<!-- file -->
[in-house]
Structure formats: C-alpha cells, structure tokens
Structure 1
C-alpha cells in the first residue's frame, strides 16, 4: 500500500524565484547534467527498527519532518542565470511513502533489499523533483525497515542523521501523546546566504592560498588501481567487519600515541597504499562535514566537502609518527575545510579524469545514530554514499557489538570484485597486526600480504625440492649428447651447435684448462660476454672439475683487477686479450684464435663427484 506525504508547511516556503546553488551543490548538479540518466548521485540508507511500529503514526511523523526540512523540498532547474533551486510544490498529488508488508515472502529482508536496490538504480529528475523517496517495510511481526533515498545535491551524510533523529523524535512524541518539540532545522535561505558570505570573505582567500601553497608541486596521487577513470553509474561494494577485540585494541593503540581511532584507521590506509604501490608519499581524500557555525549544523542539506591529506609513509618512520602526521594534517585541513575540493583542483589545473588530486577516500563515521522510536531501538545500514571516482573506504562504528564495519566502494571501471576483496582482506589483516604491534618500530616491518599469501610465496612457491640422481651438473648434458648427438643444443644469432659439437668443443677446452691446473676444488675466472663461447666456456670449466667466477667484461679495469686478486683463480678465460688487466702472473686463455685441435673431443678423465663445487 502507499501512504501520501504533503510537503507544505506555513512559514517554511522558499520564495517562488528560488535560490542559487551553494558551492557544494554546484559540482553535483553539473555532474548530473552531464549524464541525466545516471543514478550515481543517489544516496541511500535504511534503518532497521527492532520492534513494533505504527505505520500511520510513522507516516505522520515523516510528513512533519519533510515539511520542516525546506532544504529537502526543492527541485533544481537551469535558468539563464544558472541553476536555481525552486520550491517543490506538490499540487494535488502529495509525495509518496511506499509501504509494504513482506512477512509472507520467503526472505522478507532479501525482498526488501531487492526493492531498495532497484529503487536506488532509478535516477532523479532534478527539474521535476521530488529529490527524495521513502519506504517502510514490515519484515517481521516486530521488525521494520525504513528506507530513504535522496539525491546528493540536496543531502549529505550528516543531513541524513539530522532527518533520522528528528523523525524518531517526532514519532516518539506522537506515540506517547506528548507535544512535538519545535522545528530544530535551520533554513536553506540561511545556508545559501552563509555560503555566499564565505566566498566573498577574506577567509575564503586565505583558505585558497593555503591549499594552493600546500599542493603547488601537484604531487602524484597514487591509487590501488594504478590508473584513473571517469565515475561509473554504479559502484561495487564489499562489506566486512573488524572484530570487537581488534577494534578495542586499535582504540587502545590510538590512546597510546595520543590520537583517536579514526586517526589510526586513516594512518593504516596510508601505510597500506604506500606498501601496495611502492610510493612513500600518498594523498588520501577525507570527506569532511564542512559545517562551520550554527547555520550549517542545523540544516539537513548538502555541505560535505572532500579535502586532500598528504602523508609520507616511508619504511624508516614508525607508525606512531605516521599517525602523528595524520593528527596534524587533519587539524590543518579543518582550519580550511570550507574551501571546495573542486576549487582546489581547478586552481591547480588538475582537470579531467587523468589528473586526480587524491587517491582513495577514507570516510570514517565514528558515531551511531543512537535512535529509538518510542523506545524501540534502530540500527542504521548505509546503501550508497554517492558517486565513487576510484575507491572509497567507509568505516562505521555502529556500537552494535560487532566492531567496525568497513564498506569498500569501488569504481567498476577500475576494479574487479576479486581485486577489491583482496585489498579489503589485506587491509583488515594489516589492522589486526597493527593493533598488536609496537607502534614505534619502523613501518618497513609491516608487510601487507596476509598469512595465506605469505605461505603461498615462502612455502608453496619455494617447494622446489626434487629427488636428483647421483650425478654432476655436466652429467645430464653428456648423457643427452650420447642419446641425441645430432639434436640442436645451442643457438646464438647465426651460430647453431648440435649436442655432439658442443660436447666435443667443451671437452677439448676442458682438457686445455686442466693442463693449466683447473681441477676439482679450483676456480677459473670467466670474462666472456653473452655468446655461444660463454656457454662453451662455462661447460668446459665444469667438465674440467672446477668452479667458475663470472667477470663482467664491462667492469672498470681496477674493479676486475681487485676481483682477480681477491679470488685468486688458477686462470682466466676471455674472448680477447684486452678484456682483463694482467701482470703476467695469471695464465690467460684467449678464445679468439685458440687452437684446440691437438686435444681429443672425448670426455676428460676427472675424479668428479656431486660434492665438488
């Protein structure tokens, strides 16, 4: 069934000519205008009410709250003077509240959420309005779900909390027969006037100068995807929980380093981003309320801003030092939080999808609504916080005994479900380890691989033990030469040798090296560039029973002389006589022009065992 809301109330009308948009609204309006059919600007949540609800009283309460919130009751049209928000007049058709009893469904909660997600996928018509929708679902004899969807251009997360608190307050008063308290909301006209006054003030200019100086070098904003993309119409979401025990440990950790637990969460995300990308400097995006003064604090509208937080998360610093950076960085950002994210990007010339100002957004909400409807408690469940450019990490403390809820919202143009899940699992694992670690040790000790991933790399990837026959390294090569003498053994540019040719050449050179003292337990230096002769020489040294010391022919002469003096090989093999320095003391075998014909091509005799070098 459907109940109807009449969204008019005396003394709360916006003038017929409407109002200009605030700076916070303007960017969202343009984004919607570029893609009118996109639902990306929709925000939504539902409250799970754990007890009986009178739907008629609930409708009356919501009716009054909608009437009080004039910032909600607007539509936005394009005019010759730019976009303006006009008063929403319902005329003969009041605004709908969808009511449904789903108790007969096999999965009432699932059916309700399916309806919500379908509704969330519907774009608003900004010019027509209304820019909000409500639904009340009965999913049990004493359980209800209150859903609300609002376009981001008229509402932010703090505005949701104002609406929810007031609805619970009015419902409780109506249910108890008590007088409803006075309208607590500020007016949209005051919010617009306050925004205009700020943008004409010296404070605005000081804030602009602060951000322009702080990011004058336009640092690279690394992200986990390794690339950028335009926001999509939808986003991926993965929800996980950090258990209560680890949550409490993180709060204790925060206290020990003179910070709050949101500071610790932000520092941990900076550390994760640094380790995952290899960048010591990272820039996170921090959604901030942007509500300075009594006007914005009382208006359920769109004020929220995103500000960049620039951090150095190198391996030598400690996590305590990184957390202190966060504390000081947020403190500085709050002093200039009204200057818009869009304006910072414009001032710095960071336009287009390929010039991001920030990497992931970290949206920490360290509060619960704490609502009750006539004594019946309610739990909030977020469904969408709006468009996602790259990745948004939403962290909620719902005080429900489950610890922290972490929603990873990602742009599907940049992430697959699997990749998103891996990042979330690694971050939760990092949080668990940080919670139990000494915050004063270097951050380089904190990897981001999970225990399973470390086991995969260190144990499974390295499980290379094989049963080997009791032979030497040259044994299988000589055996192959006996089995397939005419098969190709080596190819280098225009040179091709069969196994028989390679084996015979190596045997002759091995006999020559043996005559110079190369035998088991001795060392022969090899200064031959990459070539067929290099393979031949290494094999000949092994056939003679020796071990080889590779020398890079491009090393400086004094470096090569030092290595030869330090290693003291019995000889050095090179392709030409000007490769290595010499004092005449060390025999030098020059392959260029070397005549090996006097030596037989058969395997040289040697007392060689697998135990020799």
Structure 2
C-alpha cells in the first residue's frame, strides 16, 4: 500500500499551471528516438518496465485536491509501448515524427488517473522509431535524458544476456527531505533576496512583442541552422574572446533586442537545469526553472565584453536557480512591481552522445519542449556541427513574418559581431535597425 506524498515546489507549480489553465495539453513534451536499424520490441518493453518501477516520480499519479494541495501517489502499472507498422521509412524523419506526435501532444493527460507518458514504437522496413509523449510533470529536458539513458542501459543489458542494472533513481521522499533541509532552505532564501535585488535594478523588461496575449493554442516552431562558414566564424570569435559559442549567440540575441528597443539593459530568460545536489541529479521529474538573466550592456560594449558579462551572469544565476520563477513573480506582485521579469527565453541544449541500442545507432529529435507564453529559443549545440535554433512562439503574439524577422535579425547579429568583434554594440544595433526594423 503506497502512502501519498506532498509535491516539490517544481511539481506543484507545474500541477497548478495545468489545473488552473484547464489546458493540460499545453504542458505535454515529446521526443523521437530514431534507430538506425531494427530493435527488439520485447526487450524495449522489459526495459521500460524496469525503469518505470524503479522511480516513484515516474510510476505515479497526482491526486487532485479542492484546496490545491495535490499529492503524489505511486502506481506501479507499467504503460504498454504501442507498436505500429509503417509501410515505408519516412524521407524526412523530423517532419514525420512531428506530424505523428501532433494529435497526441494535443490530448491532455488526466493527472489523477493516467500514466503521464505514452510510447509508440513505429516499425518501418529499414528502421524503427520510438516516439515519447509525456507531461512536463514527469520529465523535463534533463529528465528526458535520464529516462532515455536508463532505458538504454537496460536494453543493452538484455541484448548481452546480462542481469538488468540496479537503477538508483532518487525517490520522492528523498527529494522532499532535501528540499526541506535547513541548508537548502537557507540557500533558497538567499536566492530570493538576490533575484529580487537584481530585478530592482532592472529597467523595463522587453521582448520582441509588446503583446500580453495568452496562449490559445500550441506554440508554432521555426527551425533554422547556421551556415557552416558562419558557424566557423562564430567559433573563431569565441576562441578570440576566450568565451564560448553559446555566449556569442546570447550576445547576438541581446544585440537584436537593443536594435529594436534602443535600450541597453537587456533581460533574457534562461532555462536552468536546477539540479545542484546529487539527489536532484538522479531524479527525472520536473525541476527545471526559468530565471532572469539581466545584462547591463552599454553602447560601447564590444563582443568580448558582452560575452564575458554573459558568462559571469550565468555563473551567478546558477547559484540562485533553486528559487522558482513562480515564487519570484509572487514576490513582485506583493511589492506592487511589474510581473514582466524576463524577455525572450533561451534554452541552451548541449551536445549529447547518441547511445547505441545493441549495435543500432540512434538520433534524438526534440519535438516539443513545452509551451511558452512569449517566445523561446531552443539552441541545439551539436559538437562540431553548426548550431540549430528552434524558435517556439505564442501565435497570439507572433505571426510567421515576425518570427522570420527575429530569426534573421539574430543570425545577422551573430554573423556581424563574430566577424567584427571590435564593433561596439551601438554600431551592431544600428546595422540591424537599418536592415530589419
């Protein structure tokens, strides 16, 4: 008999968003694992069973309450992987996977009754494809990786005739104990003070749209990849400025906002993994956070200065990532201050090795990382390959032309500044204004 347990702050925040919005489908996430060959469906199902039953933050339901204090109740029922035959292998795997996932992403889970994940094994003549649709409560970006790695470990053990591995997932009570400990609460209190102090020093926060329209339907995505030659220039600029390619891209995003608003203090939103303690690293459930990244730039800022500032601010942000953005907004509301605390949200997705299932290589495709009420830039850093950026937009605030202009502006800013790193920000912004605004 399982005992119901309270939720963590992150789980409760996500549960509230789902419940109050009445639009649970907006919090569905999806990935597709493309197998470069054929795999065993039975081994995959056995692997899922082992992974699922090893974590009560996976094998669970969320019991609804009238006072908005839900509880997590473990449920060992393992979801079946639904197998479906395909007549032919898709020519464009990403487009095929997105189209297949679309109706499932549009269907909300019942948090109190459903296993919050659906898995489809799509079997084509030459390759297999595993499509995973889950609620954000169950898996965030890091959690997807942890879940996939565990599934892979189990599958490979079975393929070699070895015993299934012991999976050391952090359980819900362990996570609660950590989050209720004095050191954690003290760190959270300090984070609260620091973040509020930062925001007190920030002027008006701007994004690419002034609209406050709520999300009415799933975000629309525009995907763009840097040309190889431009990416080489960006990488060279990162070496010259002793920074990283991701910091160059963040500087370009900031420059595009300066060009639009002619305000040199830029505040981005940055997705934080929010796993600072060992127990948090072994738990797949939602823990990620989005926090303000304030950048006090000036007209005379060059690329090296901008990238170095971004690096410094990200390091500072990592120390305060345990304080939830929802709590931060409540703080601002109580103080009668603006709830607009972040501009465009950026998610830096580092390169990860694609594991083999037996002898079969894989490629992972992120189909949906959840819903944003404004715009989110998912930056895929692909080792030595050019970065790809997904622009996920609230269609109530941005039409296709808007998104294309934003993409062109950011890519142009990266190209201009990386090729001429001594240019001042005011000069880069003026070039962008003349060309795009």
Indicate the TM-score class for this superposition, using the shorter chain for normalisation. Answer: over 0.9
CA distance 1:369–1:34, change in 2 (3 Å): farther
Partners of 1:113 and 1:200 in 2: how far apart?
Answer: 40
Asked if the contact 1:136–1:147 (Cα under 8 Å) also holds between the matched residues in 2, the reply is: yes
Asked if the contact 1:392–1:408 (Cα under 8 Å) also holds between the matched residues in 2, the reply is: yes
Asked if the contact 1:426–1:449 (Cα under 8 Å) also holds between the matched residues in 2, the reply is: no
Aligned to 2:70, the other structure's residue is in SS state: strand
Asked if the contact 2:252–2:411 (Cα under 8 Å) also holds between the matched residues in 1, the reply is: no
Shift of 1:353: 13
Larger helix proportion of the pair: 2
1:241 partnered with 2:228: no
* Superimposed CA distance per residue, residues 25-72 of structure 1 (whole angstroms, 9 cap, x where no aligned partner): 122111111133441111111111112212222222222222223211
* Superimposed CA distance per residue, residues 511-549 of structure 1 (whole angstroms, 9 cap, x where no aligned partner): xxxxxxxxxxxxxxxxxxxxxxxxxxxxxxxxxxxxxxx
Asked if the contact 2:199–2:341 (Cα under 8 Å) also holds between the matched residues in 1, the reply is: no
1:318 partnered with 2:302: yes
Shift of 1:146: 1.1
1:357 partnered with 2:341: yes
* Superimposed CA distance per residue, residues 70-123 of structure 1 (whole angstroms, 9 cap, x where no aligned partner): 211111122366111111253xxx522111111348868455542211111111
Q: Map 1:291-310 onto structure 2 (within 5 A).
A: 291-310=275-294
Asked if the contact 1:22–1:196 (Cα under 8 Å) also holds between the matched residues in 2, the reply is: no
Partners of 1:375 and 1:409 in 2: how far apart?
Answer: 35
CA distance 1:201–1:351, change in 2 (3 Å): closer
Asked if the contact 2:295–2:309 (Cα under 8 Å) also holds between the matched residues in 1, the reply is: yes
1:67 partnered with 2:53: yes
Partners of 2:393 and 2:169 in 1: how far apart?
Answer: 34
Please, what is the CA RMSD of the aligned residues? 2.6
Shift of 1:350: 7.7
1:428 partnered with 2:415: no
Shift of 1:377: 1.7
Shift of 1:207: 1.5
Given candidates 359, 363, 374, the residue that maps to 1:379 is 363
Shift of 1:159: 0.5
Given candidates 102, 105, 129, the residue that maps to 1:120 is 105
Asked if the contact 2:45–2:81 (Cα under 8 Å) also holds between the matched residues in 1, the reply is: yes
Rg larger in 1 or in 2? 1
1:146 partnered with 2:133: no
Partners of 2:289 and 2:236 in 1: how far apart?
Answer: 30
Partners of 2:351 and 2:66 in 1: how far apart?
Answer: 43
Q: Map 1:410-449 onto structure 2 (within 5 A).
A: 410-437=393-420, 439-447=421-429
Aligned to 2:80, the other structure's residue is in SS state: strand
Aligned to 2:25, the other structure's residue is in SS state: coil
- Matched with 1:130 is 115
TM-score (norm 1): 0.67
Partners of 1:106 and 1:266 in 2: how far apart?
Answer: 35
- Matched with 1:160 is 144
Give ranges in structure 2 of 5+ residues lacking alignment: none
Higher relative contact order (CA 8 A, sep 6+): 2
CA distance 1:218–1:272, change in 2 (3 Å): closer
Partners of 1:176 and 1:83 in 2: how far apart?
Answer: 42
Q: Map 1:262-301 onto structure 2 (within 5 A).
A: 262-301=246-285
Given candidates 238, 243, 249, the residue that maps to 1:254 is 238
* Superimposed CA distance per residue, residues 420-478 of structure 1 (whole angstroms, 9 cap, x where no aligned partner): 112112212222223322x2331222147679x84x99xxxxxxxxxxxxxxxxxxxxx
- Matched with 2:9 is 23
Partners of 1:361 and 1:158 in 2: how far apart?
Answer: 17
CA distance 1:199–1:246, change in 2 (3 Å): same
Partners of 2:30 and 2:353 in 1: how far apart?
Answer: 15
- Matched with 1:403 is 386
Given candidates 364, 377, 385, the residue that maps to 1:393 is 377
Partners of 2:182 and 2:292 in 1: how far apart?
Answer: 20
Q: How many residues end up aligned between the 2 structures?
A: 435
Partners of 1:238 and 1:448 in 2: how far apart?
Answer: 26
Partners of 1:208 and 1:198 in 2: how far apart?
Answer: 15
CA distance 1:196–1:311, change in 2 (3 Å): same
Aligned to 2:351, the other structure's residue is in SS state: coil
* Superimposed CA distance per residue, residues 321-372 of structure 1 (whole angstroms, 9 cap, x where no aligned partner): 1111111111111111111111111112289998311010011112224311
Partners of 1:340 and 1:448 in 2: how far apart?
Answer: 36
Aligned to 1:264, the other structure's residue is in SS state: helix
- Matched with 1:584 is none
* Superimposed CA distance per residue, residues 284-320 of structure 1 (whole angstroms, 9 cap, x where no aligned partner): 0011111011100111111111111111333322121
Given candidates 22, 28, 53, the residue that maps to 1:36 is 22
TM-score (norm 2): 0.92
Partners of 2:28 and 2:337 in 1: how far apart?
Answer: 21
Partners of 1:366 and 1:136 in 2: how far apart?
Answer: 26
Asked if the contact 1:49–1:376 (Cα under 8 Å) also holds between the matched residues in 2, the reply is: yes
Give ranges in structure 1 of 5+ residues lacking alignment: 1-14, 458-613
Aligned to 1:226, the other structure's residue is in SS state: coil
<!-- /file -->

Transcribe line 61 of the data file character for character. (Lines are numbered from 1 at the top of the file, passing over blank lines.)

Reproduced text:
- Matched with 1:160 is 144